First of all I will go with the warnings; if you take these warnings to heart, they might save the paint job on your car. First and foremost is be very careful when you cut the paint on your car. In the business we use the word cut to refer to sanding of the paint.
Your going to know if you’ve sanded through the clear coat by the fact that you will see color on the sand paper. If this happens, there is no thing that you can do to fix your paint, other then a repaint. You see why I say to be very careful.
Buffing is the process of putting the shine back on the paint after you’ve color sanded the dirt, runs, or other impurities out of your paint job. This you also need to be very careful when you do. During this process you can burn the paint on your car, this is also a repaint.
The key here is to always keep the puffer moving while you buff the paint. If you decide to stop in one place; it will burn the paint on your car. The next thing that you need to pay attention to is the speed of the buffer; it does not need to be cranked up to it’s top speed.
Now that the warnings are done; lets talk about the sanding process, also known as cutting. You should never use more then 1,000 grit sand paper when you cut the paint on a car. I usually don’t go higher then 1,500 grit myself; the higher the number, the less chance you have to sand through.
You should also use a soft rubber sanding block; using a sanding block will make the paint much smoother. As you cut the clear coat, or pint on the car, make sure that you always keep the surface of the paint wet with water.
If your sanding, and you hear a squeaking sound; you should stop and wash the sand paper, and the surface of the car. What your looking for here, is for the entire car to have a dull shine when your done with the color sanding process.
A squeaking sound means that your scratching the paint because you have something caught under the sand paper. You want to avoid this at all costs; the objective here is to remove small scratches, dust, and other things that may have gotten in the paint during that painting process.
After that sanding is finished; you will move on to the buffing, this really isn’t any harder then sanding, but you need to pay attention to what your doing. Don’t rush the process; if your one of those people who is always in a hurry, it’s might be better to have a shop cut & buff your paint.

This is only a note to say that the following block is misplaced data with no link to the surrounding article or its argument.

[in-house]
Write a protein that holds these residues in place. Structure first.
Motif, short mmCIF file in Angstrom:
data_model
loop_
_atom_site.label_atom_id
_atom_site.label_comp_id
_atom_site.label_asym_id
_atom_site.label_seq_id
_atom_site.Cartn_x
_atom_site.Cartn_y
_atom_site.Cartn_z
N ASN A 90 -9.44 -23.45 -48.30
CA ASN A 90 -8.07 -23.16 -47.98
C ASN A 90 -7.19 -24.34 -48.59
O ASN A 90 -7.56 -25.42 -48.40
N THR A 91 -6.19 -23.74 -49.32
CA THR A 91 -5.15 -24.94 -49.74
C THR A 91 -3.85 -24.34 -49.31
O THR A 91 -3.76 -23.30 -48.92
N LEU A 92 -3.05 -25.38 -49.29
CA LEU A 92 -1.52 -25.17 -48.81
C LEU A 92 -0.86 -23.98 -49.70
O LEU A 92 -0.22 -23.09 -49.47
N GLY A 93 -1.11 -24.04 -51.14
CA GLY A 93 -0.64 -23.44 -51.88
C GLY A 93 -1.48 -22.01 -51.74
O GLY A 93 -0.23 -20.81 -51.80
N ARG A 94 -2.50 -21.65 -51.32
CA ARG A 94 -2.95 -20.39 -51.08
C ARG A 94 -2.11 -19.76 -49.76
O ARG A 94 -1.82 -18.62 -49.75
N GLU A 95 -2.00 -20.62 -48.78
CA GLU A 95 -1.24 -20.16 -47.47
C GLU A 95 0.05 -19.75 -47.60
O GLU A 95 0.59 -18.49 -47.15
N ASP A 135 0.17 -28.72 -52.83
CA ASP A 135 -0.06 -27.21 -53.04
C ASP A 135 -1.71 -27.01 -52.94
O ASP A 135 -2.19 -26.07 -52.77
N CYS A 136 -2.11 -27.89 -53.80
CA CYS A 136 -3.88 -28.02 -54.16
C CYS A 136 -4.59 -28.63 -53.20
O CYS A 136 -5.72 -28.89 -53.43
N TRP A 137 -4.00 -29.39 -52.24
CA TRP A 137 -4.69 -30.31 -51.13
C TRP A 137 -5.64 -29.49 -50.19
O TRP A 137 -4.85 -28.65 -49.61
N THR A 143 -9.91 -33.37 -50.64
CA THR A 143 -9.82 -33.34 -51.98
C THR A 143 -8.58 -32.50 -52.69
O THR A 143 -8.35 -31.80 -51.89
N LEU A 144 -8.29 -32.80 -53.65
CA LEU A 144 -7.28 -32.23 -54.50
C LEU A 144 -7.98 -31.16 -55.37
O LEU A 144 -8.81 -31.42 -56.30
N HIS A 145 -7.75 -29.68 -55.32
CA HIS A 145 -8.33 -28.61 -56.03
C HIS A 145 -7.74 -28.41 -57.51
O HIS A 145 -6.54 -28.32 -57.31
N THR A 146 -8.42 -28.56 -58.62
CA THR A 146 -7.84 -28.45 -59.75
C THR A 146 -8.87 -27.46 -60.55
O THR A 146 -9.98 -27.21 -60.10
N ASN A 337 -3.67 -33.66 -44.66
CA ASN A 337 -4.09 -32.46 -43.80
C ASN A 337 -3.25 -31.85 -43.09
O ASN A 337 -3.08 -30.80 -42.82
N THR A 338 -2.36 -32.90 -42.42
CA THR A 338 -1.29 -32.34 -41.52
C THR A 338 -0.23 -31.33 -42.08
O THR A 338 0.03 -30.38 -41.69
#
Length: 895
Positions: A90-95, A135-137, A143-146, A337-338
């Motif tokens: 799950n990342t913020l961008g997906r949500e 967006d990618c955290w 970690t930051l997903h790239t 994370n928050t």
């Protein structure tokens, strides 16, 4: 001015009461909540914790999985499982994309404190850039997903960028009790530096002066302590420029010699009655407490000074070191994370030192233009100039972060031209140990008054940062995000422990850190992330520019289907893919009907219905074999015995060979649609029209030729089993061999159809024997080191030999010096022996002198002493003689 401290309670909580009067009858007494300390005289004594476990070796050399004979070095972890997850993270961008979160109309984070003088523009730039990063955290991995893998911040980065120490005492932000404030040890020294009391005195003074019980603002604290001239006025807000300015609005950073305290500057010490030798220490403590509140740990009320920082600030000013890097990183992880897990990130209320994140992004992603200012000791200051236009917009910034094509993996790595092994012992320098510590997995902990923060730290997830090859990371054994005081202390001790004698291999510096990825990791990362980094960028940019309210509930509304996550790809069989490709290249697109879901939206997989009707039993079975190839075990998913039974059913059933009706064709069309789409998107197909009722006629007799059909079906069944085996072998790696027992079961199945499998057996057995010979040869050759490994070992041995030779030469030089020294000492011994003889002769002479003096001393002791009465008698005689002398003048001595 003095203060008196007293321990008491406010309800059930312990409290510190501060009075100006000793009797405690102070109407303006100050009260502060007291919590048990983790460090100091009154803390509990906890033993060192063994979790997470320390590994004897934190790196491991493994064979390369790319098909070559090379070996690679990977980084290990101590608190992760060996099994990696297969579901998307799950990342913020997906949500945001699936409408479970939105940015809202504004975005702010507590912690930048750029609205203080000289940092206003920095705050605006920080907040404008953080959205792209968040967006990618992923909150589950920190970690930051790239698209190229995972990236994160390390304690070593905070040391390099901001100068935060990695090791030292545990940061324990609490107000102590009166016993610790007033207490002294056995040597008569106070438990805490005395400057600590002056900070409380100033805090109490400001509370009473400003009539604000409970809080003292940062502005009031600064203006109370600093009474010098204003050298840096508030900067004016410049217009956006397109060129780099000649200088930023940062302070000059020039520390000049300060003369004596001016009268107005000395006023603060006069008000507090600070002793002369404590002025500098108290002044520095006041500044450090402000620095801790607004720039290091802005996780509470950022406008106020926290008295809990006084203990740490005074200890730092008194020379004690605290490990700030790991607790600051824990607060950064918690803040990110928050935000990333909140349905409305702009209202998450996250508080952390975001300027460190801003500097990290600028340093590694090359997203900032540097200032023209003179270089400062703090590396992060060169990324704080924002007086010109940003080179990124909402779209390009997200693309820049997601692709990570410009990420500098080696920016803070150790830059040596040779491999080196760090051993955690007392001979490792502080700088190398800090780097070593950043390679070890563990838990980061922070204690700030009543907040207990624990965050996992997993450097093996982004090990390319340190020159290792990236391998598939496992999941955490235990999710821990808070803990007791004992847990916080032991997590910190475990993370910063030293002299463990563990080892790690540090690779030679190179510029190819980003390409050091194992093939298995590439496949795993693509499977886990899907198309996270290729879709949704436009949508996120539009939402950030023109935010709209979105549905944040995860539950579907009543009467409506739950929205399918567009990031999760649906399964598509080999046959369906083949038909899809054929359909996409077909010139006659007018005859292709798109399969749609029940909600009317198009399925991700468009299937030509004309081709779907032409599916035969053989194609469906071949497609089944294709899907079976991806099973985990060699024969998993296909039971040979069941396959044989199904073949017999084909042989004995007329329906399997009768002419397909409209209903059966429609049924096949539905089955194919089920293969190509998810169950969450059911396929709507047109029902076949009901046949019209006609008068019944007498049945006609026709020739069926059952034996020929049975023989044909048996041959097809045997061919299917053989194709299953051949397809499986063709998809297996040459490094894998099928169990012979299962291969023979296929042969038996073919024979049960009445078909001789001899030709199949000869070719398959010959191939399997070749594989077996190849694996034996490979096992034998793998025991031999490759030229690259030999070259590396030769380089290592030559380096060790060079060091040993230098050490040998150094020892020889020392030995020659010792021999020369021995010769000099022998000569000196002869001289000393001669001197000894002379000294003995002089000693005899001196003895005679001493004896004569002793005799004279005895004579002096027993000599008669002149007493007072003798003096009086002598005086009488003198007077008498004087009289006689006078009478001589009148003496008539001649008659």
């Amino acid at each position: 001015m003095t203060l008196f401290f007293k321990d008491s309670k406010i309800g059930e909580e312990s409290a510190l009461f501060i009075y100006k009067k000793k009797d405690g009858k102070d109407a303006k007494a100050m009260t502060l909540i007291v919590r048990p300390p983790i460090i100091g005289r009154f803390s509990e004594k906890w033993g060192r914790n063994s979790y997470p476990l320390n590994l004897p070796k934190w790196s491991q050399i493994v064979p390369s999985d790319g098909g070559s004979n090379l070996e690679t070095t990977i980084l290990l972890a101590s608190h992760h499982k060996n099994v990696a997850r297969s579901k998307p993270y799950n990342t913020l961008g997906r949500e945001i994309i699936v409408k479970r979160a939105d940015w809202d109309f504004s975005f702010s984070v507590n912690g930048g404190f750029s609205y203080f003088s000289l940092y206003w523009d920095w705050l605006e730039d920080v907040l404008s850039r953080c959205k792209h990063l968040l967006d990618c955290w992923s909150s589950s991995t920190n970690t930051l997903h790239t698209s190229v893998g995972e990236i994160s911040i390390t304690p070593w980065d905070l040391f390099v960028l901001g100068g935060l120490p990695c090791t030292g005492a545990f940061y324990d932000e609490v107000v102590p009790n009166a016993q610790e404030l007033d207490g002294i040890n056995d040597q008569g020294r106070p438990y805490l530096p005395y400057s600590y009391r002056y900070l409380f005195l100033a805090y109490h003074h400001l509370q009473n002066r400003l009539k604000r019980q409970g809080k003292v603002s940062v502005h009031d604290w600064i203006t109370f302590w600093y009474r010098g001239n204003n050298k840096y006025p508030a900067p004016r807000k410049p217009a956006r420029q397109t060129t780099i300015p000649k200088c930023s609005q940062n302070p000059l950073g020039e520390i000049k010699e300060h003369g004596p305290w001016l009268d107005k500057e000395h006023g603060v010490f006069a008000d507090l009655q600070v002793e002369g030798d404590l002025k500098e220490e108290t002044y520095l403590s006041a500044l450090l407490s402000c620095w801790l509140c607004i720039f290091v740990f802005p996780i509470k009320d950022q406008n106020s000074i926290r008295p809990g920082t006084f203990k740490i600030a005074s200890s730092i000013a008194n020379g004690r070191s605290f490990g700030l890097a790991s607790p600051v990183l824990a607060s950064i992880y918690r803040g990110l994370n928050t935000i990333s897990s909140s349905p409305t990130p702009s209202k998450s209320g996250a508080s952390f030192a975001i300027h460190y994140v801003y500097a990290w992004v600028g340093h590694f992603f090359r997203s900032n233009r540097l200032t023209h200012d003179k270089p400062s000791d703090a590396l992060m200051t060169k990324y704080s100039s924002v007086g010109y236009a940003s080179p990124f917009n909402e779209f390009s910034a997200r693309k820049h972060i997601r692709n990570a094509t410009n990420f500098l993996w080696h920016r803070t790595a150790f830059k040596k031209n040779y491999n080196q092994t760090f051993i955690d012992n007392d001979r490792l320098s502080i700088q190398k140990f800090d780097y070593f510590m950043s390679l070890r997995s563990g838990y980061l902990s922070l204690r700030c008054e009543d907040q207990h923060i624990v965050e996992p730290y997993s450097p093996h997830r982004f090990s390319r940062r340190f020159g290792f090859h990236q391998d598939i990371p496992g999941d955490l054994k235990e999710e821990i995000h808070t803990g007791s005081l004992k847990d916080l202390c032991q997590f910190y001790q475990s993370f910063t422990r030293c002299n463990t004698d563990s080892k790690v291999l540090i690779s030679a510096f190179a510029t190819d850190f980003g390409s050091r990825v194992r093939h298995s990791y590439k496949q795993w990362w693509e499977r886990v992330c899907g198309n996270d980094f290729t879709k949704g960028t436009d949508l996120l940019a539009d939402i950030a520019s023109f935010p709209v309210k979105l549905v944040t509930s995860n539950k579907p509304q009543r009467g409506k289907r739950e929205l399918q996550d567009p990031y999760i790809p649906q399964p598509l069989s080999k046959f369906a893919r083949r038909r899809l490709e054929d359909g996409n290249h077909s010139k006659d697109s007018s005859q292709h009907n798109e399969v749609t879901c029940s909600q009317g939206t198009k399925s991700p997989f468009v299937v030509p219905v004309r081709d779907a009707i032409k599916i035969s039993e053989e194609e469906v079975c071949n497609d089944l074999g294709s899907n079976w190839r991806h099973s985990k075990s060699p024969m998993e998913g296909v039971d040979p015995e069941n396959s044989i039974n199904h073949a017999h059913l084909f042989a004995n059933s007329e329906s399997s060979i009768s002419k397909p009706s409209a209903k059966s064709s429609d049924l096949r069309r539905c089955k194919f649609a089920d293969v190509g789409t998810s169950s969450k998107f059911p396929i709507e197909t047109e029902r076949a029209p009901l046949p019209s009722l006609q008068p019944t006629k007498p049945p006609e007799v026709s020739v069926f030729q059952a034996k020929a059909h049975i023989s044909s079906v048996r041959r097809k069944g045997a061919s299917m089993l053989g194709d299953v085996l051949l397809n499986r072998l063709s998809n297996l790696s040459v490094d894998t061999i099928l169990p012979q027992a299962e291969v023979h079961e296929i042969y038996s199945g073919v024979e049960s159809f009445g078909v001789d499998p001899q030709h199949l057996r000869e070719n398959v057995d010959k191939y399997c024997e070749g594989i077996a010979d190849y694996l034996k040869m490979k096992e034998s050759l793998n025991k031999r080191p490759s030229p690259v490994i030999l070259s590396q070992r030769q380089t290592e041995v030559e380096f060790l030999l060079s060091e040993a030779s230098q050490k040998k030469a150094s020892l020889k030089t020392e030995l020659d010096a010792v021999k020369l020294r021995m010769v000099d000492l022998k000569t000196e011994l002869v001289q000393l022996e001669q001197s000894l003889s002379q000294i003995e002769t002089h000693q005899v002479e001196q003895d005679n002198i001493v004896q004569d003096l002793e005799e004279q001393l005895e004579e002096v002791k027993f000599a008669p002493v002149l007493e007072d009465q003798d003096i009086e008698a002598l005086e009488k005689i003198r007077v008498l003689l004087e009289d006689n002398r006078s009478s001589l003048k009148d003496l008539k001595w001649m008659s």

Now that we have gotten through that; I will describe how to use the buffer, and the compound. First of all, you should have a variable speed electric, or air buffer. I personally like the electric buffers, but that is up to you, I find the electric buffers easier to control.
We’ll start out by using a wool pad, and heavy cutting compound to begin buffing the shine back to the paint. After you have gone over the entire car using wool pad, and heavy buffing compound; you can move to the medium compound, and a medium foam pad on the buffer.
You’ll be doing the same thing here as you did above, but with medium buffing compound. Make sure that you use a rage to get what’s left of the heavy cutting compound off of the car; before you move to the medium buffing compound.
Next clean off the remaining medium buffing compound with a rag; not the same rag that you used to clean the heavy compound off with. Now we can move on to the light buffing compound, and a light foam pad, this is where the shine really shows through.
You’ll need one more light foam pad to finish this process; we’ll use this light foam pad to put swirl remover on the paint. Swirl remover is just a lighter then light compound that is designed to remove swirls from the paint, and give depth to the shine.
After you have done this, you should wash and wax the entire car; I use Meguiar’s NXT 2.0 to wax cars with. It is the best wax that I have found to this day. If I couldn’t find NXT 2.0 my next choice, the next step down in Meguiar’s line of products.
Now your all done cutting & buffing your car, it should be nice and shiny now. It’s all ready to go and show it off to your friends, and family.